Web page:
Tolkien’s “Fairy-Exemplarism”

Tolkien’s Augustinian exemplarism is not confined to the Ainur or the Ainulindalë generally, but extends to his view of Fairies as well. In their critical edition of Tolkien’s essay “On Fairy-Stories,” Verlyn Flieger and Douglas Anderson quote Tolkien as writing:

a tree-fairy (or a dryad) is, or was, a minor spirit in the process of creation who aided as ‘agent’ in the making effective of the divine Tree-idea or some part of it, or … even of some one particular example: some tree. He is therefore now bound by use and love to Trees (or a tree), immortal while the world (and trees) last—never to escape, until the End. [cited in Michael Milburn, “Colderidge’s Definition of Imagination and Tolkien’s Definition(s) of Faery,” Tolkien Studies 7 (2010): 57]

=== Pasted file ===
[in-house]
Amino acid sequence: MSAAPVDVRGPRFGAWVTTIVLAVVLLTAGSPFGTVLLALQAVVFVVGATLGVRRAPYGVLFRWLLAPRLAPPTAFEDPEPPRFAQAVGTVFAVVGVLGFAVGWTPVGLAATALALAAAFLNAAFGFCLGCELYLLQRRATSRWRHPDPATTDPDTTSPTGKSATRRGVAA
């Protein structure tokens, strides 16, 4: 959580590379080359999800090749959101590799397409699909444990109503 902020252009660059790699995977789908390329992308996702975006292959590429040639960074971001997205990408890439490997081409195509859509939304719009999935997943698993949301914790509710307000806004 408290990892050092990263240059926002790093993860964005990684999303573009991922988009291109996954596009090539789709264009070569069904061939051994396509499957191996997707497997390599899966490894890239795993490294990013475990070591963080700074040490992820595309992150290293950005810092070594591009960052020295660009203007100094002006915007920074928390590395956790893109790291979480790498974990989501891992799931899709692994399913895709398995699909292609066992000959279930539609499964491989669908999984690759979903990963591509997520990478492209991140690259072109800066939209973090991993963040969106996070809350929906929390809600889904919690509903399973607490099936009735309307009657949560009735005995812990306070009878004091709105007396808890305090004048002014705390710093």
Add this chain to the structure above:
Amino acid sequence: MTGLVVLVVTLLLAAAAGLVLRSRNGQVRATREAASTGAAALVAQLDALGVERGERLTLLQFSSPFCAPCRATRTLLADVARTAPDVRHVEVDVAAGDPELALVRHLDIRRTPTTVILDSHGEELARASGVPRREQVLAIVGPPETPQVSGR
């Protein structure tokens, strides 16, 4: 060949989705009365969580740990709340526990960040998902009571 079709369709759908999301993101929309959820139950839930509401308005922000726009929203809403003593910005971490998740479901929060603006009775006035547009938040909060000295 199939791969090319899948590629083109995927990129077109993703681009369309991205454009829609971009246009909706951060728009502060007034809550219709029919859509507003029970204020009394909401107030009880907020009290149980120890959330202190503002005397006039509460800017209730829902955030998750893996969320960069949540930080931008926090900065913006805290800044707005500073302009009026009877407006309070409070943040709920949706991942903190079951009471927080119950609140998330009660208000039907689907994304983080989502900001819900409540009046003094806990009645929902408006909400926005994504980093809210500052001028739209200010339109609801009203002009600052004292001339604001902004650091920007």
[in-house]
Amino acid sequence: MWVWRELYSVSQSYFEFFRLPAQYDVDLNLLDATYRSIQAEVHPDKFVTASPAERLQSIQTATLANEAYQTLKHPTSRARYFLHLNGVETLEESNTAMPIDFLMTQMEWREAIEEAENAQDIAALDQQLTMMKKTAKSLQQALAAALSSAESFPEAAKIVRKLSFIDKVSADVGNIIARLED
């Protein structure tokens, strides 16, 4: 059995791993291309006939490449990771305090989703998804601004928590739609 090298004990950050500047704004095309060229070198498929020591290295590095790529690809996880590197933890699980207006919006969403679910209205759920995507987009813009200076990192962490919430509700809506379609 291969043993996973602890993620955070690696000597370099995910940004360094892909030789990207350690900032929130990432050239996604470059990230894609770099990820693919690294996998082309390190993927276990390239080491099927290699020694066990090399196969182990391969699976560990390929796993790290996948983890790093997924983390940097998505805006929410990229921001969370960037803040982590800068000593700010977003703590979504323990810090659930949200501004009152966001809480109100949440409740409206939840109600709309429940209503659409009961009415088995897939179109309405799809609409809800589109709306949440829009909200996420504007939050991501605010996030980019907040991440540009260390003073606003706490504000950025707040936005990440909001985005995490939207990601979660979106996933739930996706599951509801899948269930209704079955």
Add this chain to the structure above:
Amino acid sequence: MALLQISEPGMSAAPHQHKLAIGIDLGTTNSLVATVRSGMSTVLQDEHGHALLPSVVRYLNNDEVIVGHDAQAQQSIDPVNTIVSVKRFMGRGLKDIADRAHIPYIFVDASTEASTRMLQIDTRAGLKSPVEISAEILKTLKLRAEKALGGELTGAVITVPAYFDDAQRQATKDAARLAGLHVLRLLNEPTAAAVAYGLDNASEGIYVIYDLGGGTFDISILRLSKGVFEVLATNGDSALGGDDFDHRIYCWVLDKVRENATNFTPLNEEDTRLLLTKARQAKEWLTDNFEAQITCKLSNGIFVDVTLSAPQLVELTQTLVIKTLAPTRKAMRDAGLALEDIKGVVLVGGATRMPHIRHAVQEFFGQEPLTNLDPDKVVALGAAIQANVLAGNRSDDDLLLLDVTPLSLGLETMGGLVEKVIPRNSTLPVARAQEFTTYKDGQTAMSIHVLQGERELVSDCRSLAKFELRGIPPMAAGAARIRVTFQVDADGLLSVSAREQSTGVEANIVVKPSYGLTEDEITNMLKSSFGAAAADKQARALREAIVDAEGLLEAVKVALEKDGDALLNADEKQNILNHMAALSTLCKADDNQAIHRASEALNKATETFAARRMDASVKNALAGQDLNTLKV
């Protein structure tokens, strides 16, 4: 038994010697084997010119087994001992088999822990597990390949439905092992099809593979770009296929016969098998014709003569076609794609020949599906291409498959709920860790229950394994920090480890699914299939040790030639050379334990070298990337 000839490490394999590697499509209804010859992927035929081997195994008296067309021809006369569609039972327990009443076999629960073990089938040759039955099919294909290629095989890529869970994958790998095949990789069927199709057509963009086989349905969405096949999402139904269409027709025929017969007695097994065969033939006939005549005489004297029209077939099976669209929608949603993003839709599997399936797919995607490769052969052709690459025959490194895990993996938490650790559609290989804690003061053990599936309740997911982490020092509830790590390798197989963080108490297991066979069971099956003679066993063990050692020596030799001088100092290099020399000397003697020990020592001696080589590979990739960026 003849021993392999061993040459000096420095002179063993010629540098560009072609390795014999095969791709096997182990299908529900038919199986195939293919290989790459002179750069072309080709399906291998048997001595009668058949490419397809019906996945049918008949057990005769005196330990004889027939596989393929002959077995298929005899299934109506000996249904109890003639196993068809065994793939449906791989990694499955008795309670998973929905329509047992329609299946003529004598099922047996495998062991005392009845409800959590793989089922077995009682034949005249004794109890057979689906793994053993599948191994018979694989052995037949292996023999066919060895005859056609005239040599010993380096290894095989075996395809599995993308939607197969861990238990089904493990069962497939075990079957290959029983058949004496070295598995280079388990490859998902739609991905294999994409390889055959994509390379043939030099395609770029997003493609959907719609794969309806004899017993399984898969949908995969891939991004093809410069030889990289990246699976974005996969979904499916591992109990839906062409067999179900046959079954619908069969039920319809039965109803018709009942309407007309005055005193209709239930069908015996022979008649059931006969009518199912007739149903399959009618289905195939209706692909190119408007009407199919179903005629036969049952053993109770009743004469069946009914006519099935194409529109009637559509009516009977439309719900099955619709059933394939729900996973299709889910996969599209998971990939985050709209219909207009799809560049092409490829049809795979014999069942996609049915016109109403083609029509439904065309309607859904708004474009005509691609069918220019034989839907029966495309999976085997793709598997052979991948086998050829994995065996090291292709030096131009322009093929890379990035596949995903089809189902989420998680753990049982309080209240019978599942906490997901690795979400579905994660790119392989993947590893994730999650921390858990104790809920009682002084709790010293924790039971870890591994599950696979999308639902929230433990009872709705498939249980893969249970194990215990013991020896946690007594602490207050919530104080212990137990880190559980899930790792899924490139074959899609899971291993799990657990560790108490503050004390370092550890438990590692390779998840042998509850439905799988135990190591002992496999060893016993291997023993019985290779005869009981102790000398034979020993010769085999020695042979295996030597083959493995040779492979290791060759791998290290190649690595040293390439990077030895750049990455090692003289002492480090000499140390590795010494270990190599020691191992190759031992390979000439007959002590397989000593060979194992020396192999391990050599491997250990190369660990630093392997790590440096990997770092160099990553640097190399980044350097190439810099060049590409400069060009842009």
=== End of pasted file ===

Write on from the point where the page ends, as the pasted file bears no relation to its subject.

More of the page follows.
According to Tolkien, in other words, part of the metaphysical function of fairies is to serve as intermediary agents by which the patterns of the natural order as they exist in the divine mind might be instantiated or made efficacious in the physical world. In this, as Milburn goes on to observe, “Such fairies are rather like the Valar, the sub-creative ‘gods’ of Tolkien’s mythology, and their lesser kin, the Maiar.”

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One thought on “Tolkien’s “Fairy-Exemplarism”

  1. Pingback: Valinor: Plato’s realm of the forms? | The Flame Imperishable

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